Wednesday, February 10, 2016

How to extend the battery life in your Running Watch



We've mentioned on the blog several times how much we like our Garmin GPS Running watches.  In fact, the love for Garmins had trickled down to our mom, dad, and Scott too.
Our parents also have the Forerunner 10 and Scott has the Garmin Fenix with all the bells and whistles (because he is of course convinced that he will be lost in the woods by himself somewhere....lol)

I had already told the story about how Scott offered to upgrade my Garmin for me during my first marathon training cycle and I told him "Nah, don't bother. I'm only doing one marathon anyway".   Of course, I ran a second marathon and still didn't think it was necessary to upgrade even though my battery died at 4 hours and I still wasn't done running .

I expressed on the blog last week my concern of the short battery life of the Garmin Forerunner 10 and Kristy from Runaway Bridal Planner offered some great advice. She told us this trick that could extend the battery life from around 4 hours to almost 10 hours.

Here is what she said

"So after you start it. If you turn it back to the regular clock screen, (instead of leaving it on the screen that shows you your splits/laps/mile time (that screen drains your battery).)
You can flip it back every now and then if you need a quick look at where you are at. But if you leave it mostly on the main clock screen it saves the battery especially if you are planning to use it for more than 4 hours.
I've had mine for years, it took me a few years to discover that trick. But even now, years past the battery will still last about 10 hours as long as I don't leave it on the screen that is draining the battery. Try it sometime, it works like a charm for me that way:)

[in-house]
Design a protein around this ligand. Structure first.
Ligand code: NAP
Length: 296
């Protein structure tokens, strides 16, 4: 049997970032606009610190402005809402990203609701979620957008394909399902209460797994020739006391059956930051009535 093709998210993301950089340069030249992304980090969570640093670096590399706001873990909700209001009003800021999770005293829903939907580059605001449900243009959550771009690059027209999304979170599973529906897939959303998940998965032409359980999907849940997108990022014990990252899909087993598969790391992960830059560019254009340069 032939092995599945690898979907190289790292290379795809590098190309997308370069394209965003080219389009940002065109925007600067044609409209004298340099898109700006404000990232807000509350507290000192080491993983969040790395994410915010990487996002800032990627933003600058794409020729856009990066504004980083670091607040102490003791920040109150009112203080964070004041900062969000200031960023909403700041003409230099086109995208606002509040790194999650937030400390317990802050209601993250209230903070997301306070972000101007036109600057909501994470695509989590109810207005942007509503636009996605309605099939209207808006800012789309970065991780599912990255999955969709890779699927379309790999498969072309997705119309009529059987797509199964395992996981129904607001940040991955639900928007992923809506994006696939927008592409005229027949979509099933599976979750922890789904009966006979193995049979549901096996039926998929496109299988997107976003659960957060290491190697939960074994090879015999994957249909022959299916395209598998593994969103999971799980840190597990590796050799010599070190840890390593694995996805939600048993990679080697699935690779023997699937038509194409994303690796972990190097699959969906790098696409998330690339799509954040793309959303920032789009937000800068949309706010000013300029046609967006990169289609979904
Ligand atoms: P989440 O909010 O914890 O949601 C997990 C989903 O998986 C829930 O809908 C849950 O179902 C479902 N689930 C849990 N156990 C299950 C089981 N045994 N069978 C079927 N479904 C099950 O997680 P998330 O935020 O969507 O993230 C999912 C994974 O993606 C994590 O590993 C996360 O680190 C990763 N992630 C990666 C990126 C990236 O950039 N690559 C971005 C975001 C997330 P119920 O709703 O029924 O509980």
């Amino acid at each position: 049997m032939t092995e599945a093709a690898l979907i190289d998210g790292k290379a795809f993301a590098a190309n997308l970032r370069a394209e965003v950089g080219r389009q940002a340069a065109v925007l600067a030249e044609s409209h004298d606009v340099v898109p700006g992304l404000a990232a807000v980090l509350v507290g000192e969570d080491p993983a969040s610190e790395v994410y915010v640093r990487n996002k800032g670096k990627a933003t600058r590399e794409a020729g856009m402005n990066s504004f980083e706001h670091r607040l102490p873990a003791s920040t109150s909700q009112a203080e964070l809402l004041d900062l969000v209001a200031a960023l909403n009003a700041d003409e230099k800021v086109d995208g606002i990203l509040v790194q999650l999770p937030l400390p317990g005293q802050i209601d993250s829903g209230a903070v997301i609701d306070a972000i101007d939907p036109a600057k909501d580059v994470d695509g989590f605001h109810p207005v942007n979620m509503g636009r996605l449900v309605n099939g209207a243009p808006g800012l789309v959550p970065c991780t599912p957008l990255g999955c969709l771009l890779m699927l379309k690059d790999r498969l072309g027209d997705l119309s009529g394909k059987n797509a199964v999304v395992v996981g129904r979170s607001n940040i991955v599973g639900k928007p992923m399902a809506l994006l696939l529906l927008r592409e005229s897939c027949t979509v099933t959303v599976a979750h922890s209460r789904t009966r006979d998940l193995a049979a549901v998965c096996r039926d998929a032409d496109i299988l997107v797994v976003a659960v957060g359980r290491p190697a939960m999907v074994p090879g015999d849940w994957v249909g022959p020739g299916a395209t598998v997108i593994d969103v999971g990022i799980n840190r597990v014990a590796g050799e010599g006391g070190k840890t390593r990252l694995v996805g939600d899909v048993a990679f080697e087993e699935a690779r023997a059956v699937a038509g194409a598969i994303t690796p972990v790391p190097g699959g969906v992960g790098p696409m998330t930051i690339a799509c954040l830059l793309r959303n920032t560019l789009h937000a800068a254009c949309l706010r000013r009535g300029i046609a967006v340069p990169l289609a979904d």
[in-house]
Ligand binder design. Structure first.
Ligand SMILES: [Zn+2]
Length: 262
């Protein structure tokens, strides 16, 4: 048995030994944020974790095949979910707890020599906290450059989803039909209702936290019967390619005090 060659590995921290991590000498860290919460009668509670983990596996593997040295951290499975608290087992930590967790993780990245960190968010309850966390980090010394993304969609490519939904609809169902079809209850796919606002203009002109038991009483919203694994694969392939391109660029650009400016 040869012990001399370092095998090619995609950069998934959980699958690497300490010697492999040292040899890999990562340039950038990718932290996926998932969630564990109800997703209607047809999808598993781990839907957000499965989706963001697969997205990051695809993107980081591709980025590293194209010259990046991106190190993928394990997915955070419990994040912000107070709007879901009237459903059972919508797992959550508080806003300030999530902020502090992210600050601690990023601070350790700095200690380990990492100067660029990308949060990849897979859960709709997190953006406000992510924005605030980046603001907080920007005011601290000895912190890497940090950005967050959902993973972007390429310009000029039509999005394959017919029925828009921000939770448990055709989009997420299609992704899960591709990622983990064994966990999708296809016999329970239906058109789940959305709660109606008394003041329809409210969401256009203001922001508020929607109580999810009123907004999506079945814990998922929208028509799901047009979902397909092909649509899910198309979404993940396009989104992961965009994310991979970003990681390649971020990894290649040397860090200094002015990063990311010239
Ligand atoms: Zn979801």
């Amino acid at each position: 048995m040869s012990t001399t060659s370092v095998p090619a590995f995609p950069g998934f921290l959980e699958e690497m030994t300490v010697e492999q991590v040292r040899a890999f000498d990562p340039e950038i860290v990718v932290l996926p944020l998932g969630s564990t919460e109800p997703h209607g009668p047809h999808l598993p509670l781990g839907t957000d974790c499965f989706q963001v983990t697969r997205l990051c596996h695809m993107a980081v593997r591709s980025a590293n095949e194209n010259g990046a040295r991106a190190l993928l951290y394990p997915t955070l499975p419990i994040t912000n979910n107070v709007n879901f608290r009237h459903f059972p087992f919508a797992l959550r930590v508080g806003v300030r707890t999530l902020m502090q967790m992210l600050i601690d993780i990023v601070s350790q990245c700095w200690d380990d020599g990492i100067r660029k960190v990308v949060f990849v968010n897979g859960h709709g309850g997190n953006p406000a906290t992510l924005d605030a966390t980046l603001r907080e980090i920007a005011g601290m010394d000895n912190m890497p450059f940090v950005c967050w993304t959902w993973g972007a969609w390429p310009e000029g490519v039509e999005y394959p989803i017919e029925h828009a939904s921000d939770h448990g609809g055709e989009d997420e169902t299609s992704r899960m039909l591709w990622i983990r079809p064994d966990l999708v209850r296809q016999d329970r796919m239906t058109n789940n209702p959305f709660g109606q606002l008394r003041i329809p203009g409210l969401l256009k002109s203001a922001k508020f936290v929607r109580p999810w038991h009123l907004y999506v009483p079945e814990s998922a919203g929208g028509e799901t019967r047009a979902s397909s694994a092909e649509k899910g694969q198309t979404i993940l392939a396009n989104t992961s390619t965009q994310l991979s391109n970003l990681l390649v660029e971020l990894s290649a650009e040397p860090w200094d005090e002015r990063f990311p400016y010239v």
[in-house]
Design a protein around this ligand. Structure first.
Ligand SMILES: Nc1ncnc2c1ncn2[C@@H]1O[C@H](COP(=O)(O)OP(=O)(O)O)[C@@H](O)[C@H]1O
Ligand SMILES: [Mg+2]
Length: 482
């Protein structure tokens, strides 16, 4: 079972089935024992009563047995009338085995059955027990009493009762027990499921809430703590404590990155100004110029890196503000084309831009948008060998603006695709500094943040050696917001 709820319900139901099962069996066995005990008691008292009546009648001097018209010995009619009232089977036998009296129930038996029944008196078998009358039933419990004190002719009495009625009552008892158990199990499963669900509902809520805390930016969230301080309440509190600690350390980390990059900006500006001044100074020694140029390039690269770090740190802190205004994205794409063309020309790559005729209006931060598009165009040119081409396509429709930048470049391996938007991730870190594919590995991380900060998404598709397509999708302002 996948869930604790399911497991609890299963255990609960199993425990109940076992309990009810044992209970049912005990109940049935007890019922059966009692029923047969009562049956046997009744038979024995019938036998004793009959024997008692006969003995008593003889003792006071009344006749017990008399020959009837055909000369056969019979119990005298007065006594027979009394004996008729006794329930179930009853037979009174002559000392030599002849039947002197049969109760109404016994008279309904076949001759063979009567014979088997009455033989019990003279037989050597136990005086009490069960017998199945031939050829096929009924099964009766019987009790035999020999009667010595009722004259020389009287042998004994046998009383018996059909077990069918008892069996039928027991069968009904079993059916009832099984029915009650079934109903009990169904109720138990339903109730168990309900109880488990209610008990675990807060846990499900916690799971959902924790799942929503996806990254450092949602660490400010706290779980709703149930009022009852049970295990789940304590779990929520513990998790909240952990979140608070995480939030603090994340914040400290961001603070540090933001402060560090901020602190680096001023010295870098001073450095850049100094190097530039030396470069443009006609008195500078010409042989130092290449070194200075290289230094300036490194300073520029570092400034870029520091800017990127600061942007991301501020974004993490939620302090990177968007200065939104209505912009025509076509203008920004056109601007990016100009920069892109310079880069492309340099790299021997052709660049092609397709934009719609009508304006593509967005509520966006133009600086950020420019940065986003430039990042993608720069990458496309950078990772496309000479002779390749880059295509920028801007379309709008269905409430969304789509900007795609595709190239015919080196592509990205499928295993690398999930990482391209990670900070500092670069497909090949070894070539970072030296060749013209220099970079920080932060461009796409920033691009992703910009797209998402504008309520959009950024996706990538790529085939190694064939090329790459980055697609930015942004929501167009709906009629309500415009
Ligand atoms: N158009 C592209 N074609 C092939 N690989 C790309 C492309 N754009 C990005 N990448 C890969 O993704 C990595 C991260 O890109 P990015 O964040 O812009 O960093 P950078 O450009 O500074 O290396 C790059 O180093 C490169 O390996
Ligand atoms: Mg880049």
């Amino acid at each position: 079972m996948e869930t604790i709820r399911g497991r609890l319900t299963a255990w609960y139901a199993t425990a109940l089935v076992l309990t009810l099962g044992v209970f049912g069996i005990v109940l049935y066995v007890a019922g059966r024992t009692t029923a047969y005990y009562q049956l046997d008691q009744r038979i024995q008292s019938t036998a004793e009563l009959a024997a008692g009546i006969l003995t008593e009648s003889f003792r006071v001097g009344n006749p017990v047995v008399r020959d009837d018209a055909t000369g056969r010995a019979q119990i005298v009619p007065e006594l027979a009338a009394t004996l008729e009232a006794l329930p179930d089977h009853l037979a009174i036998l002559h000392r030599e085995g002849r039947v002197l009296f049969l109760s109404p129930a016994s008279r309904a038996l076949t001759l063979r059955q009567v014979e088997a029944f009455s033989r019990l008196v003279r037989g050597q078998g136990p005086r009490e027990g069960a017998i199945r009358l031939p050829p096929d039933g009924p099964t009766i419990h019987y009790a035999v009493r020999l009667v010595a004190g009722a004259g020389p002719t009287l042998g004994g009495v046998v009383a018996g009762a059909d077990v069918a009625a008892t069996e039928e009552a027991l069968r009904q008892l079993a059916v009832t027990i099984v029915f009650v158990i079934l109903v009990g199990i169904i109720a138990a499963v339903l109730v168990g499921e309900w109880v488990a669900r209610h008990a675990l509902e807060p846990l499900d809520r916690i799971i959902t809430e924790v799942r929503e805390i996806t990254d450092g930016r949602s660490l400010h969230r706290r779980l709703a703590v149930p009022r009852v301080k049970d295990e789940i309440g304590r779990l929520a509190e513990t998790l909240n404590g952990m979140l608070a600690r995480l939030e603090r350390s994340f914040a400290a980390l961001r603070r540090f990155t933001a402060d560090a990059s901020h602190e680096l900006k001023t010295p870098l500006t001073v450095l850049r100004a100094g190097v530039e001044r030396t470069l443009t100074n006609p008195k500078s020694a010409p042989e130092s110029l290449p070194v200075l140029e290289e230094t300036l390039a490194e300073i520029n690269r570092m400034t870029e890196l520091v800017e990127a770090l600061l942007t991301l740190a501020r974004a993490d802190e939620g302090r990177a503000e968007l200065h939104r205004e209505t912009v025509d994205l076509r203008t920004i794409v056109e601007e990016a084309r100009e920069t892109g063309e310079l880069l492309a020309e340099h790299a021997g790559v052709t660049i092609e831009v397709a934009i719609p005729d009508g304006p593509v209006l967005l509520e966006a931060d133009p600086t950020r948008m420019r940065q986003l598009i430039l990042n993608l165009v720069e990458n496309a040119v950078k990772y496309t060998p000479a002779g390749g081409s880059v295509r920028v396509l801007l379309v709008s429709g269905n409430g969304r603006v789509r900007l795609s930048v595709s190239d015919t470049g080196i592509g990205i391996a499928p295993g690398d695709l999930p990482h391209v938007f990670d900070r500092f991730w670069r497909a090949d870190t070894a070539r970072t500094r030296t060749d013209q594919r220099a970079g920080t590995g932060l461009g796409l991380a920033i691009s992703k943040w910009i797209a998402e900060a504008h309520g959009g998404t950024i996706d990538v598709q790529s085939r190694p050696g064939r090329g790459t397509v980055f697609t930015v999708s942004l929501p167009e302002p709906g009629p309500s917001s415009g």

I am so glad Kristy shared this tip with us and I will definitely be trying it out. The Garmin Forerunner 10 does everything that I need it to do and I really felt guilty upgrading it just because of the battery life. Now perhaps I won't have too.

Do you have any running watch tips?

35 comments:

  1. wow, I am so surprised that a simple trick like that could save battery life. I will definitely be sharing this information with some of my running group buddies. Battery life of a garmin has been a topic of conversation on several of our longer runs!

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  2. Wow, that's amazing! What a good trick to know! Thanks for sharing that :) -C

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  3. This is GREAT to know. I've been worrying about this myself. Thanks!

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  4. I've not had that problem yet, but my watch is still fairly new. It's a great tip that never would have occurred to me though, so THANK YOU for sharing! I'm sure it will come in handy when I'm out on an all day hike.

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    1. I find that I only have that problem when I run over 20 miles. I guess I just need to get faster..lol

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  5. I have not had any battery problems with my Tom Tom multisport yet. I usually charge it after 2 or 3 runs.

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    1. How many hours do you usually get out of your Tom Tom?

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  6. I really love my 10! I only care to know pace, miles and time so it is perfect for me. People have asked when I'll upgrade but I don't want to. I love the simplicity of the 10. I'm running my 8th marathon on Sunday and am totally going to try this battery conservation trick! :-)

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    1. Exactly! I feel the same way and have no desire to upgrade! I'm glad I learned this trick!

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  7. OHHH - I love little tips that people figure out!